The lead female role in this movie, Michelle McNally (Rani Mukerji) was inspired from the extraordinary and exemplary life of international disability rights activist, Helen Keller.

This movie was screened at the Casablanca Film Festival and the International Film Festival of India.

This exemplary movie won the Filmfare Award for Best Film in 2005.

This movie won international acclaim, and Time Magazine (Europe) selected it as one of the 10 Best Movies of the Year 2005 from around the globe.

The shooting of the movie ran into trouble in Scenic Hill Resort, with authorities refusing to allow shooting in the premises of a heritage building. Indian Institute of Advanced Study (IIAS) refused permission to shoot in the 120-year-old building as the arc lights could affect the vice regal lodge heritage structure. The building was home to British viceroys from 1886 until 1947, after which it became the summer home of the president of India and since 30 years houses the IIAS.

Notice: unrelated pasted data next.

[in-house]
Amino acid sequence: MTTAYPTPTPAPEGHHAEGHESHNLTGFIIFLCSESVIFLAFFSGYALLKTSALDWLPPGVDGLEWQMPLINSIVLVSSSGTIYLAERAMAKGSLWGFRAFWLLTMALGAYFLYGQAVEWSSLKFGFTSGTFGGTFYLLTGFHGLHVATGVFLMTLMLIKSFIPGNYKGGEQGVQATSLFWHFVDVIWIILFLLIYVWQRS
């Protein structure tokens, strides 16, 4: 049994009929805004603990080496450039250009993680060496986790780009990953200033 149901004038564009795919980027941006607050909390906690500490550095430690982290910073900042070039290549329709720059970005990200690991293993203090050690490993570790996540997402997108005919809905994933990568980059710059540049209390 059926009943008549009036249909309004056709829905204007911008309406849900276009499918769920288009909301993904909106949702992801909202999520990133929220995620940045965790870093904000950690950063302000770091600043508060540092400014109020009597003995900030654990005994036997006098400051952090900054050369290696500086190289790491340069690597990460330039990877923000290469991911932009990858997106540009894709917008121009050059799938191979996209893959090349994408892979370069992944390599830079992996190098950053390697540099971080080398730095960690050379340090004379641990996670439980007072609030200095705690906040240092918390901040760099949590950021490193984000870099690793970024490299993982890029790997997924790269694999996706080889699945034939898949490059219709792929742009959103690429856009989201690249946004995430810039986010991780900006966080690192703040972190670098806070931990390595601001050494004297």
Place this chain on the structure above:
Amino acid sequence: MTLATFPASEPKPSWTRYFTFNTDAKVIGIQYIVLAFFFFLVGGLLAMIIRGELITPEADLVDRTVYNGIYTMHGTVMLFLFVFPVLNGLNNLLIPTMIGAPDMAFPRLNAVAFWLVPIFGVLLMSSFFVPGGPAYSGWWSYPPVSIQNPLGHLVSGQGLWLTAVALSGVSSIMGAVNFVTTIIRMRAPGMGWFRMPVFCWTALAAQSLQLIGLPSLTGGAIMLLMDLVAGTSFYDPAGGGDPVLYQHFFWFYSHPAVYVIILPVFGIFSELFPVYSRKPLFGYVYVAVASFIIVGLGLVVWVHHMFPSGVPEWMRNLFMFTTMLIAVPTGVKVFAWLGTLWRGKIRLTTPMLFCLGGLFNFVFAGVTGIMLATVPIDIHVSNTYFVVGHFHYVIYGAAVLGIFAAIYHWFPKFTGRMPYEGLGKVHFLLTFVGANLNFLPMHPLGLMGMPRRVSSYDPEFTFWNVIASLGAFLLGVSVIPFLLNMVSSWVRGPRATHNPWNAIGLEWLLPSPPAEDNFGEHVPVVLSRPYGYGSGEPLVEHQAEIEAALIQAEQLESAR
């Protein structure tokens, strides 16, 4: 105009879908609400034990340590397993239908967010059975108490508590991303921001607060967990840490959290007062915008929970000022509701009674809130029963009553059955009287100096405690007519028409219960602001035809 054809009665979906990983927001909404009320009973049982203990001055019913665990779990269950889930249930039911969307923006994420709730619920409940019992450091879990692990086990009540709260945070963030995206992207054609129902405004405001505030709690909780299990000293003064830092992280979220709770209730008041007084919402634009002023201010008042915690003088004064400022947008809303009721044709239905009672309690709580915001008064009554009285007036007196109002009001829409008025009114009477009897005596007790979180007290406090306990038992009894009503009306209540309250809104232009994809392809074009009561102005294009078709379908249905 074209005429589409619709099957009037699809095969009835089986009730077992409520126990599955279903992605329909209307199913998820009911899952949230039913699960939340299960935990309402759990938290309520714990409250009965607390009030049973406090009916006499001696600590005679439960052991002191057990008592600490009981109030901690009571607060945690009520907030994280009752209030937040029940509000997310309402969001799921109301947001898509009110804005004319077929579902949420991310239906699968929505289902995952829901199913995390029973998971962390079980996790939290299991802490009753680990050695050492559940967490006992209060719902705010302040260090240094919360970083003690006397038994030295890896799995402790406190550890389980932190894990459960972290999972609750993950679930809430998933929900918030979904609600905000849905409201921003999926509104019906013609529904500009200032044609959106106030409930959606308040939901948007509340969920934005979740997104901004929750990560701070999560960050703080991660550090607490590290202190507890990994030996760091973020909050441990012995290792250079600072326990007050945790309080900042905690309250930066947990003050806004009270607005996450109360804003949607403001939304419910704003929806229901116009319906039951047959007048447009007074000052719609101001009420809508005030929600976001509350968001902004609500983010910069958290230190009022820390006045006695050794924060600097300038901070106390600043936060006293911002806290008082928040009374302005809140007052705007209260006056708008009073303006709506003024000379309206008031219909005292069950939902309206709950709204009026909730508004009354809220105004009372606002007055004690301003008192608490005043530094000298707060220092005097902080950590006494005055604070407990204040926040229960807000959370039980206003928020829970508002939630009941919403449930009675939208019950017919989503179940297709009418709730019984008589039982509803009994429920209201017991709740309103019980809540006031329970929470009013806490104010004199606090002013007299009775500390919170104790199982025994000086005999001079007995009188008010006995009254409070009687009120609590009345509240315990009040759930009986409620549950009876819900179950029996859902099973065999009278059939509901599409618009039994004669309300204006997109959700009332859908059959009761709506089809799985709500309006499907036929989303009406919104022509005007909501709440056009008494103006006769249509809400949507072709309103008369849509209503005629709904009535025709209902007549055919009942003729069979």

A fire broke out on the sets at Mumbai's Film City and four fire brigades were required to put out the fire.

Rani Mukherjee wore dark-tinted contact lenses to cover up her famous green eyes.

Sanjay Leela Bhansali named this film after his favorite color.

The movie's title was registered with Kumar Gaurav; Sanjay Leela Bhansali approached him and requested him to relinquish the title, as he wanted it for his movies. Kumar felt that the film was bold and path breaking and wanted to render any help that he could to the film. Hence the reason Sanjay expressed his gratitude to Kumar Gaurav in the opening credits.

At first, Rani Mukerjee refused to step in, because she felt that she was unable to play the character she was proposed